For this book to really break you open, you can’t know too much about the plot before you turn the first page. But I can tell you this much: that it’s set on the North Carolina coast at the end of the American Revolution, in a world where slavery is still the norm and death is a commonplace. You will begin this story in the company of Tabitha, a 10-year-old whose mother died in childbirth, and her father John, a former sailor.
Those are the specifics, but the wonder of this book is in the language this debut novelist uses to bring you there (‘his life has been a series of breaths held…he only lives to wait for loss’), and in the universals that link our lives today to those very different lives in 18th century America.
This is a book about loss, about grief, and about how those who are left behind get through the days. It’s about how we feel punished by fate or God, and how we punish ourselves, running over past mistakes and tragedies in our minds. That makes it sound terribly melancholy, and in many ways it is, but it also offers a strange, wild hope seen most clearly in the character of Davy, the impoverished, seemingly doomed son of a slave.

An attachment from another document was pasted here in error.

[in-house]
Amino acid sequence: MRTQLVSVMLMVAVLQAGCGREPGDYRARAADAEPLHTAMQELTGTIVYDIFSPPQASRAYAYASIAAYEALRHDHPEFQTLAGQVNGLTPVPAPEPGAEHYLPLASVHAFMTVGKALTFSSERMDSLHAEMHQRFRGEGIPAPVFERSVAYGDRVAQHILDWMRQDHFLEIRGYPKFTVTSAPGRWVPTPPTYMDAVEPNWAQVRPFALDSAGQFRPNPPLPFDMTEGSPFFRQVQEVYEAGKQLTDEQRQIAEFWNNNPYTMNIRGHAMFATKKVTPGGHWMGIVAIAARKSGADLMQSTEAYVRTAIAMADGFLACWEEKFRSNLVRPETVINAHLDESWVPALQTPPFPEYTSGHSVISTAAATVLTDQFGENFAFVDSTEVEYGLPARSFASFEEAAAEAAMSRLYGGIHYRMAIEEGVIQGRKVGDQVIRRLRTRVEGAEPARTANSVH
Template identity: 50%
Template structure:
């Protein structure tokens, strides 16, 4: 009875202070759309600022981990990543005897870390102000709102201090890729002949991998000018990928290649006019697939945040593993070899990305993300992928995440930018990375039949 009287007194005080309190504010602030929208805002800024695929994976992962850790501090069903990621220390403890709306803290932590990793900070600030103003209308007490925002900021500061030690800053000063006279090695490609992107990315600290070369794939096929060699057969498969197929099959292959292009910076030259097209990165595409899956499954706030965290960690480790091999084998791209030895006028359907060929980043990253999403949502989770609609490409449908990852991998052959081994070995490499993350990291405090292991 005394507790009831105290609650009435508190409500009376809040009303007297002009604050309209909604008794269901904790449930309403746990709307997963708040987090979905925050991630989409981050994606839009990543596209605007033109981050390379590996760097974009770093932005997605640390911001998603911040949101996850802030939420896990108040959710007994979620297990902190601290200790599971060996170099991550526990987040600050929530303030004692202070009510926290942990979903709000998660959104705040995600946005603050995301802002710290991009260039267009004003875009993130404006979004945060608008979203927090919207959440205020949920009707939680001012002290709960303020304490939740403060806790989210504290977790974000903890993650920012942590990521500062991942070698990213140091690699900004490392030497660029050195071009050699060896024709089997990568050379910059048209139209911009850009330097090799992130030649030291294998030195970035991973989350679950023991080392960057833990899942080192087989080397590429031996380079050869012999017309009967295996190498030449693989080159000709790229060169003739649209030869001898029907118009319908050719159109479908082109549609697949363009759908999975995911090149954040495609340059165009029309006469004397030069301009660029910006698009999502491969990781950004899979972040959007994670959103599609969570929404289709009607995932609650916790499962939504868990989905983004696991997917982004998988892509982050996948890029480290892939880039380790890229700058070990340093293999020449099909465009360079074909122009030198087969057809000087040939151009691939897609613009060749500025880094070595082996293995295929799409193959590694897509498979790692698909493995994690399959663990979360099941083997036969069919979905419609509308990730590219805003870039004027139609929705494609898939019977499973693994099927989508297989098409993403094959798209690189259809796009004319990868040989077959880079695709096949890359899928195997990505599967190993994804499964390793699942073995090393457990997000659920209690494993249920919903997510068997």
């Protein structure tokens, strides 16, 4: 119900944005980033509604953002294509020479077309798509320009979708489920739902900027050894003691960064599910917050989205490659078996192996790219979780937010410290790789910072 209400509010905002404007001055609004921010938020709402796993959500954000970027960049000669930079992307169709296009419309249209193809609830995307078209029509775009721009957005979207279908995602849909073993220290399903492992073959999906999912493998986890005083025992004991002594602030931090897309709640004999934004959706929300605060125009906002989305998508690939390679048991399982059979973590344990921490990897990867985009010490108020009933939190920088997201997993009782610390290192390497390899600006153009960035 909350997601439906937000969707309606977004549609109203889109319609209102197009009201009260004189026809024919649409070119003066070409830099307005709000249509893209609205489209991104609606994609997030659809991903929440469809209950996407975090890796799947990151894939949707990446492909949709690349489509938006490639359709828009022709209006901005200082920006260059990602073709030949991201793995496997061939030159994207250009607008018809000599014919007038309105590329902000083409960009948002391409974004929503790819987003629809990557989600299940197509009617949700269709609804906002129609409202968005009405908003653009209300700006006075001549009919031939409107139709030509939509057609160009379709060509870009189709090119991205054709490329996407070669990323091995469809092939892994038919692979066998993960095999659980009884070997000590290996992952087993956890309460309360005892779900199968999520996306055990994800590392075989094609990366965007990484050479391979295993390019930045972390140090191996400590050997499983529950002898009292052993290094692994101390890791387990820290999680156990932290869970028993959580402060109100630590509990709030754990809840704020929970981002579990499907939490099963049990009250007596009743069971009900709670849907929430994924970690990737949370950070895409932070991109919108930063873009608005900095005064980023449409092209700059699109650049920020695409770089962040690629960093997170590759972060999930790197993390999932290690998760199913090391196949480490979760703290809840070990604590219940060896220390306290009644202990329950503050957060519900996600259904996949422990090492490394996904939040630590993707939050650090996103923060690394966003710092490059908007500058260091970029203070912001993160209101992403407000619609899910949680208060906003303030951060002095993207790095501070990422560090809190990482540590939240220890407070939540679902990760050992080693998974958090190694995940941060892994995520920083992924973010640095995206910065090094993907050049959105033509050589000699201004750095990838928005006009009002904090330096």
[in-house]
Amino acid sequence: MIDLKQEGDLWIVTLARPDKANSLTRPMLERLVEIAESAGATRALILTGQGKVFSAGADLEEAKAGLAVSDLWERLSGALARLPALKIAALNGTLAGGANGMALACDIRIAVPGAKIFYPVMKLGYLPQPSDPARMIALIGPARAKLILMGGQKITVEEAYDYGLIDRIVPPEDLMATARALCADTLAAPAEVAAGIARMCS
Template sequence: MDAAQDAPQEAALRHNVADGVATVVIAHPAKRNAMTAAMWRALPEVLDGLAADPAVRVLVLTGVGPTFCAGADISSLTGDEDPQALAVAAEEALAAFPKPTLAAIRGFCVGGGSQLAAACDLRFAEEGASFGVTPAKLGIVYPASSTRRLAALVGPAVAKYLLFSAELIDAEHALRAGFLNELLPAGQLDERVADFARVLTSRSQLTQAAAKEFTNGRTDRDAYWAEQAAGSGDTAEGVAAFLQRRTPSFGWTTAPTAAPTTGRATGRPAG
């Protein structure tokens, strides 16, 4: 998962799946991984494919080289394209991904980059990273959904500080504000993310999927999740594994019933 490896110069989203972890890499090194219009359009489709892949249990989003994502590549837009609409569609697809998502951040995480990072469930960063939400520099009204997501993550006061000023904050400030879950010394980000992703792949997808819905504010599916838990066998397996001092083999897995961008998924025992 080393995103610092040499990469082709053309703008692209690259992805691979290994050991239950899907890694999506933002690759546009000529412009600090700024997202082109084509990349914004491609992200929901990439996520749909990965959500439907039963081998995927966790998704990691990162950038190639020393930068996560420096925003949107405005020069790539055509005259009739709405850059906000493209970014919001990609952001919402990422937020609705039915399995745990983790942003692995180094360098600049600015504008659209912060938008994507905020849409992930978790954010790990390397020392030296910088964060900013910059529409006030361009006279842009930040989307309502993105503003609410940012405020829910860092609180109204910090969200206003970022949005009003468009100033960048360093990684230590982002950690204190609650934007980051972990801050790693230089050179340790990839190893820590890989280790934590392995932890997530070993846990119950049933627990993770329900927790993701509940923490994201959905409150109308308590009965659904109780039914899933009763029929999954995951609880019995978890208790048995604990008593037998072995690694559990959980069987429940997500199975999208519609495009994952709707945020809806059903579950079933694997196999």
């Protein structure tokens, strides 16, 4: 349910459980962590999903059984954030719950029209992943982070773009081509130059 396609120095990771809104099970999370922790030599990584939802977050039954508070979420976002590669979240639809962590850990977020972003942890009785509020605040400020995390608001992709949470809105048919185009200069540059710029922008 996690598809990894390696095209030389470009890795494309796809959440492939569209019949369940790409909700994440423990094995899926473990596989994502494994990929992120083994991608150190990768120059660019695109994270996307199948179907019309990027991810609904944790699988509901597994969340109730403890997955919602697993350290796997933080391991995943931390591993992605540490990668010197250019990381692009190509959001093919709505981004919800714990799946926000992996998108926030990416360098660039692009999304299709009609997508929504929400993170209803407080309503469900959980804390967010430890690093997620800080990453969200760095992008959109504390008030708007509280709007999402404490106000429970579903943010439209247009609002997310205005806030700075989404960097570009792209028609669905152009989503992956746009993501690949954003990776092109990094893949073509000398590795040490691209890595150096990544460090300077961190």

One of the crucial reminders I had reading it was of a lesson we often have to learn over and over again, the one about the dangers of leaving things unsaid, of how we can allow bitterness to calcify us instead of letting great sadness open us up. (‘In the absence of the beloved, there is new space for guilt and should-have-dones. Regret only exists once the opportunity for change has gone.’)
It made me think about what happens when we hang on tightly to our pain or our selfishness, and about the possibilities when we decide to keep putting one foot forward in front of the other in spite of what happens to us.
The Story of Land and Sea by Katy Simpson Smith (The Borough Press, £14.99)